Two MSU alumni will be inducted into the Montana Professional Engineers Hall of Fame this year. The two recipients, Albert Kersich and John Morrison Jr. have been awarded honorary doctorates from MSU in 1993 and 1997, respectively. The award is given annually by the Montana Society of Engineers to leaders who show excellence in the engineering field. Kersich and Morrison will receive the awards on Nov. 6 at Montana Engineers Honors Banquet in Helena. Following their induction, the two will have plaques in their honor in Roberts Hall.
Kersich, a Red Lodge, Montana native, spent more than 50 years in the field of civil engineering and water resources. He helped design over 200 buildings, including multiple structures on the MSU and Great Falls College campuses. His most notable project was designing MSU’s Brick Breeden Fieldhouse in 1957. The dome-shaped roof of the fieldhouse is held up by what was the largest-spanning wooden beam structure in the world at the time.
In addition to his work at MSU, Kersich served as president of the engineering firm HKM Associates from 1970 to 1995. During his time there, he pioneered over 30 projects to modify dams in need of repair in Montana. His involvement in dam modification led Kersich to an interest in water resources and rights. Since his retirement from HKM, Kersich has worked as a water resource consultant specifically focusing on Native American access to clean water.
Known as an advocate for engineering licensing and education, Kersich served as a chairman of the Montana State Board of Professional Engineers and Land Surveyors. Kersich was awarded an honorary doctorate from MSU in 1993 thanks to his dedication to designing and improving infrastructure at MSU and around the state.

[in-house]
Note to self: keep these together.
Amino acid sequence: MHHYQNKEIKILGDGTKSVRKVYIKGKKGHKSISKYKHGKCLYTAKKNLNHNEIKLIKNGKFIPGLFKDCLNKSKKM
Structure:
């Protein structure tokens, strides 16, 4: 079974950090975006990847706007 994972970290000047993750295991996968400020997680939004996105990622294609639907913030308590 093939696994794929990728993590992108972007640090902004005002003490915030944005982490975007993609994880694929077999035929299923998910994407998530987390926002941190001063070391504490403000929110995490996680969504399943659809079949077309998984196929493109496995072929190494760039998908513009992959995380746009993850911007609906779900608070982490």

Morrison Jr., a native of Helena, Montana, led one of the state’s largest civil engineering firms. The firm, Morrison-Maierle, was founded by Morrison Jr.’s father, John H. Morrison Sr., in 1945. Morrison Jr. began surveying work for the company at the age of 13. He earned his bachelor’s degree in civil engineering from MSU in 1955. Following his graduation, he began his career at Morrison-Maierle where he served as CEO and president from 1973 to 1988.
During his career at the firm, Morrison Jr. spearheaded a change in focus from regional infrastructure projects to major overseas projects. Starting in 1973, the firm began designing and repairing roads and infrastructure in Vietnam that had been destroyed during the Vietnam War. Morrison Jr. spent over a year living in the region to assist with the efforts. In addition to work in Vietnam, Morrison Jr. and the Morrison-Maierle, firm spent 12 years in Zaire designing roads and rural water storage.
Morrison Jr. served on the advisory board for MSU’s Department of Civil Engineering and the Norm Asbjornson College of Engineering. He also served on the board of the MSU Alumni Association for more than 20 years. He was awarded an honorary doctorate from MSU in 1997 following his involvement with Morrison-Maierle and his commitment to the engineering program at MSU.
With the growing engineering community at MSU, it is important to remember past engineers who have paved the way for new students. As of 2018, the Norm Asbjornson College of Engineering boasted 3,390 students and 79 tenured faculty. The college offers 14 majors and 14 minors as well as world renowned research opportunities. The current state of the engineering program can be credited to past work from engineers like Kersich and Morrison Jr.